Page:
I can not really describe adequately what this trip was all about. I hope that the magic of the photographs tells the story. The area is a very fragile environment with more wild flowers, mosses and lichens than we had ever expected. There is also a struggle between conservation and sustainable Highland and Estate life. For this reason, I hope you will forgive me if I do not give exact locations, names and details. It would be so easy to irreversibly mess up this wonderful area. For the mountaineers amongst you, you may recognise one or two of the landscapes.
Our rough plan was to spend seven days touring the area by open canoe. We did not paddle huge distances, we didn't have too, the scenery was just so stunning with a different view in all directions. The only thing controlling our destiny was the weather which was as unpredictable as ever. We were in such an isolated, wilderness position, the weather had us glued to the Shipping Forecast every evening.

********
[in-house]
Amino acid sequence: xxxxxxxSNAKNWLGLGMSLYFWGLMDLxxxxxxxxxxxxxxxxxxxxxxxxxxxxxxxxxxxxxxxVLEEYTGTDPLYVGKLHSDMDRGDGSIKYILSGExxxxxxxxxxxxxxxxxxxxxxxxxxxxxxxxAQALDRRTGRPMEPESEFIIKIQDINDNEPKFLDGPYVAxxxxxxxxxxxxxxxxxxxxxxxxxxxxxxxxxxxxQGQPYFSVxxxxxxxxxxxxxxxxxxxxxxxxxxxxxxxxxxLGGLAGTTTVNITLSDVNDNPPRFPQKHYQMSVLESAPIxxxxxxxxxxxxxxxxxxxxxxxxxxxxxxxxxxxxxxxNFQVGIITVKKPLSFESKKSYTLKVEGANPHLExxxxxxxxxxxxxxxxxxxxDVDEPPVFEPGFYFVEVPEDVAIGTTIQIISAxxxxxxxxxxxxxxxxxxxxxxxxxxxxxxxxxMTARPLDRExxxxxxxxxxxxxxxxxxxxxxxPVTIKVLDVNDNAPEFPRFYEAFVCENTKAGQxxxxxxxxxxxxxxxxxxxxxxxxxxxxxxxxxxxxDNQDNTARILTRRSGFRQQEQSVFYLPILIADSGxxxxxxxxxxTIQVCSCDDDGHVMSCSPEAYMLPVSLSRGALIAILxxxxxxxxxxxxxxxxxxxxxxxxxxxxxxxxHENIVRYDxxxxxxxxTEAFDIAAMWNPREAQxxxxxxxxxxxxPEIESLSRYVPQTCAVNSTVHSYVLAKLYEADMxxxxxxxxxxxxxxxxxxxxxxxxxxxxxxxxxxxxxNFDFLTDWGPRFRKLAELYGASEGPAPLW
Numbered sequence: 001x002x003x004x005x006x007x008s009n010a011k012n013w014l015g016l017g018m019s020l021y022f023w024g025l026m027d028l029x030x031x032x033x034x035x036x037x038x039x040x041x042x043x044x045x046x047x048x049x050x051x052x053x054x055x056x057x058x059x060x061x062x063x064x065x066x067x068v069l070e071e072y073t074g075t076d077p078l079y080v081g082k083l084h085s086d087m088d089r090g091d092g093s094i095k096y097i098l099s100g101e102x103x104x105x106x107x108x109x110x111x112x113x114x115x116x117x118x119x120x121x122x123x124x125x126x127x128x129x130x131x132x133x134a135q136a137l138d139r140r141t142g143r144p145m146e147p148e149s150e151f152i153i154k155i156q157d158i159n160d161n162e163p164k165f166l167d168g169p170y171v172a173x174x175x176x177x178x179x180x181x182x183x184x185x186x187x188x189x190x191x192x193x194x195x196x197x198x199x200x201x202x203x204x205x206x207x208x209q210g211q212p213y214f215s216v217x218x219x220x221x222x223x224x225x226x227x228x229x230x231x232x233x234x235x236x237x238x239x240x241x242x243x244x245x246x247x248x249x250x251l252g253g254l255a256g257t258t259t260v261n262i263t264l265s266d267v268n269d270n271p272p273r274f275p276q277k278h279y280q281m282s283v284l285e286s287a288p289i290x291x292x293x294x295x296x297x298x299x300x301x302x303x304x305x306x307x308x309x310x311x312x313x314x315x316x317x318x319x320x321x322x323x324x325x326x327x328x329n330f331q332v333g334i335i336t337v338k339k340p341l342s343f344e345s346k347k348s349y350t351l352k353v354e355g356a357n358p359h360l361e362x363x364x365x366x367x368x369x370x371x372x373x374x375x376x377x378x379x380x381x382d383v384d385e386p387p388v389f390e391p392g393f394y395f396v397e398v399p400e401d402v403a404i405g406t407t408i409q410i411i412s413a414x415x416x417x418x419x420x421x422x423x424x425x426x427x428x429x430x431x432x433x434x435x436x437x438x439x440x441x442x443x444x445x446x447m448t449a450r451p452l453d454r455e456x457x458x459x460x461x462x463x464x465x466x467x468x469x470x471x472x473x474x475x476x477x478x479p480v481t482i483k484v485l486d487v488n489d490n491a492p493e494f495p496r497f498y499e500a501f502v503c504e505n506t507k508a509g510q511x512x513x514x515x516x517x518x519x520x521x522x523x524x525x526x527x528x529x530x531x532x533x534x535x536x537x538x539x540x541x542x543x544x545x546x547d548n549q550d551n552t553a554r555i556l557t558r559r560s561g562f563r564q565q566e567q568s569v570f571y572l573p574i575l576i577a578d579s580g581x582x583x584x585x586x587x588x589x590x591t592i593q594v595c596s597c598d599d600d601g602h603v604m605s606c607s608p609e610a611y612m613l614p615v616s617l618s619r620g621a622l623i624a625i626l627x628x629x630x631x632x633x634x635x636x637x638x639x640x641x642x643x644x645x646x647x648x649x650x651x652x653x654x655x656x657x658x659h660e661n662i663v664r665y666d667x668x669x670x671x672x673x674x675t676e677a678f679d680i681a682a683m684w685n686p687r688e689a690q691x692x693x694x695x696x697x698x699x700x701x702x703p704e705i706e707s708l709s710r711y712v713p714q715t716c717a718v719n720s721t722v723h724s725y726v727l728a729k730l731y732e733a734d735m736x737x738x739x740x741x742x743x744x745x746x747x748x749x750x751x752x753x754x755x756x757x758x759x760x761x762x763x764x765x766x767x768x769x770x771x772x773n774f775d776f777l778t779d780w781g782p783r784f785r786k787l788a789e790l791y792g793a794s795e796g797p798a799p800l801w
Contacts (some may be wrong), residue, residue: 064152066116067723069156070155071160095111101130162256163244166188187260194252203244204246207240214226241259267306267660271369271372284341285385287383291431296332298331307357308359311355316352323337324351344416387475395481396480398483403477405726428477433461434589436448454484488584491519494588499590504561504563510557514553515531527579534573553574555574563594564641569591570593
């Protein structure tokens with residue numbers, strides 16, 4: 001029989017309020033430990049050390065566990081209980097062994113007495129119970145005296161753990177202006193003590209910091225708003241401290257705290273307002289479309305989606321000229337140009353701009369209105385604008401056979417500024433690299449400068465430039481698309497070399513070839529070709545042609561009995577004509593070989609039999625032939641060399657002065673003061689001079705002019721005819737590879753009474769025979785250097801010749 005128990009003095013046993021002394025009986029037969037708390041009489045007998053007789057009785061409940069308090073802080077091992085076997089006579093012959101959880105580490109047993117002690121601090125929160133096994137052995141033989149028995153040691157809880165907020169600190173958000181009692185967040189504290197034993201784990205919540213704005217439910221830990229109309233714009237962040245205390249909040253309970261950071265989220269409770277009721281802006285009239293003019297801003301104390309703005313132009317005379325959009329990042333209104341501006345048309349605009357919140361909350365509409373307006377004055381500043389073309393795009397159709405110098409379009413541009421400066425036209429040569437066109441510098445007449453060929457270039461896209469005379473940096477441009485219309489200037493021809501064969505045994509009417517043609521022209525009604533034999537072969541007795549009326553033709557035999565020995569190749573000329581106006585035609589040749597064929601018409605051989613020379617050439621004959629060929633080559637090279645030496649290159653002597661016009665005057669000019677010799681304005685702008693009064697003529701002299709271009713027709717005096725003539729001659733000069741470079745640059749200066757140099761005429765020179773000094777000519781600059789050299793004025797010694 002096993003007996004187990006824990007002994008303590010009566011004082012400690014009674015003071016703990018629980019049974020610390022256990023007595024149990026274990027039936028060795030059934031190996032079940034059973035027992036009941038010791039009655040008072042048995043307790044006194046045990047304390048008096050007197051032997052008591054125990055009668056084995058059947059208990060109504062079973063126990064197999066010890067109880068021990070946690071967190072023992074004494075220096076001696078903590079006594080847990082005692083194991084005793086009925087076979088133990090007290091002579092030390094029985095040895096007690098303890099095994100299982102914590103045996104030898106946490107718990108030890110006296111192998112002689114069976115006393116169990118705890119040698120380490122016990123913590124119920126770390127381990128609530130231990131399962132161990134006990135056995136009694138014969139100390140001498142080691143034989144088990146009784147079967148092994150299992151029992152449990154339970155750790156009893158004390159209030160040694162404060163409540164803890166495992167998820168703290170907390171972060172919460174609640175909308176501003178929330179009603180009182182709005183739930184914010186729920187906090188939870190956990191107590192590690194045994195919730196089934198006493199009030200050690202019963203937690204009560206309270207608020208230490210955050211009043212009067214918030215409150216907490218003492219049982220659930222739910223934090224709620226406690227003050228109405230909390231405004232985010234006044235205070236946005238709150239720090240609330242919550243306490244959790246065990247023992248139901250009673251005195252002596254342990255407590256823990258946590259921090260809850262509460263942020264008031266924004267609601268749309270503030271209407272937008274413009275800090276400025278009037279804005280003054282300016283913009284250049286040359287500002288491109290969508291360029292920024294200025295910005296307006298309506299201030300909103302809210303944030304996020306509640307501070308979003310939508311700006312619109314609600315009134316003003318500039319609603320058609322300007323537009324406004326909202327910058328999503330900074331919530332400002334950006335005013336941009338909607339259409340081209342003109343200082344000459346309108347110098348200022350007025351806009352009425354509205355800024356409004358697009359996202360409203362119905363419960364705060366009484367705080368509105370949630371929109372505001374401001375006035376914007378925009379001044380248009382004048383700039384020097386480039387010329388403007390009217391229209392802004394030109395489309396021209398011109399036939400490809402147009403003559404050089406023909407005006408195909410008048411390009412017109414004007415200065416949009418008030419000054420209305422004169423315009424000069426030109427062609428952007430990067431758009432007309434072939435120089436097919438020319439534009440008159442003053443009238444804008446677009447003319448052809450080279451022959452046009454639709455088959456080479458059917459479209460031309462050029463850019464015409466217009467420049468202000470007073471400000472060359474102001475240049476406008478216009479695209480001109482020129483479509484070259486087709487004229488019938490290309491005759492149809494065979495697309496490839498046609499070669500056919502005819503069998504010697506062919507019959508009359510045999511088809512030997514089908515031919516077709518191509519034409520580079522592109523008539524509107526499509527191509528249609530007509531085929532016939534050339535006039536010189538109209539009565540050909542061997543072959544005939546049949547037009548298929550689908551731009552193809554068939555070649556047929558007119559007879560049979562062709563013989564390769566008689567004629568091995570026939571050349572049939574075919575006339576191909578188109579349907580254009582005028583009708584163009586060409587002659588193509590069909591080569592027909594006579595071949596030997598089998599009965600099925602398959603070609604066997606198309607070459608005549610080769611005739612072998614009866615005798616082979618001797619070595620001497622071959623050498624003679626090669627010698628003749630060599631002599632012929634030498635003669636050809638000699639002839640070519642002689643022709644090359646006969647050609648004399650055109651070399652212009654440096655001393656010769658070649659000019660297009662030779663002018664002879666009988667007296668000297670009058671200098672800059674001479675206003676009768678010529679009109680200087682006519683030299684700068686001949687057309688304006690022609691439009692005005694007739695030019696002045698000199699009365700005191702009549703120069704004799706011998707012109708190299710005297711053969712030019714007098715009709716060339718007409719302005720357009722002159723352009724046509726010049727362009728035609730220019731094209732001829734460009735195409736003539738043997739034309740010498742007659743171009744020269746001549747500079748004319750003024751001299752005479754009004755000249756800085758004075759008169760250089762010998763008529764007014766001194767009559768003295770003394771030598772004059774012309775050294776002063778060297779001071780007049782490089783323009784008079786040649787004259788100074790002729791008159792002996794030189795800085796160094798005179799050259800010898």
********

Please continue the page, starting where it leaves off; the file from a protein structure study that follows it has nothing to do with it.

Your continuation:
We experienced more varied and extreme weather, the type of which only Scotland could do for you, the benefit being that it kept the midges at bay. We encountered hail, flat calms with mirror like lochs, blue skies and sun shine, then force 7/8 gales with 35, gusting 40 miles an hour winds. The latter, kept us on an island for two days with boats belayed to trees and tents cross pegged.
The highlights of the trip for me were not seeing anyone other than our immediate party for six days, paddling on such clear water in such an unspoilt area and seeing three stags silhouetted against the night sky on a little night paddle at the end of the trip. There were, of course, the other benefits of touring with open canoes, fantastic cooking with fresh meat and veg, olives, wine and whiskey each night. The hard bits were the 4 km portage mid tour and going home at the end.
My thanks to Mel (wife, paddling partner and fantastic camp cook) and to our other two paddling companions who are a bit camera shy. As well as good paddlers and skilled wilderness campers, their inside knowledge of the area as mountaineers and the environment was a lesson in its self. As for their camp humour ??!!
The next trip is already in the 'embryonic stage !
If you are planning a trip of this nature, please remember that it is important to check out the access first with the relevant land owners and estate offices.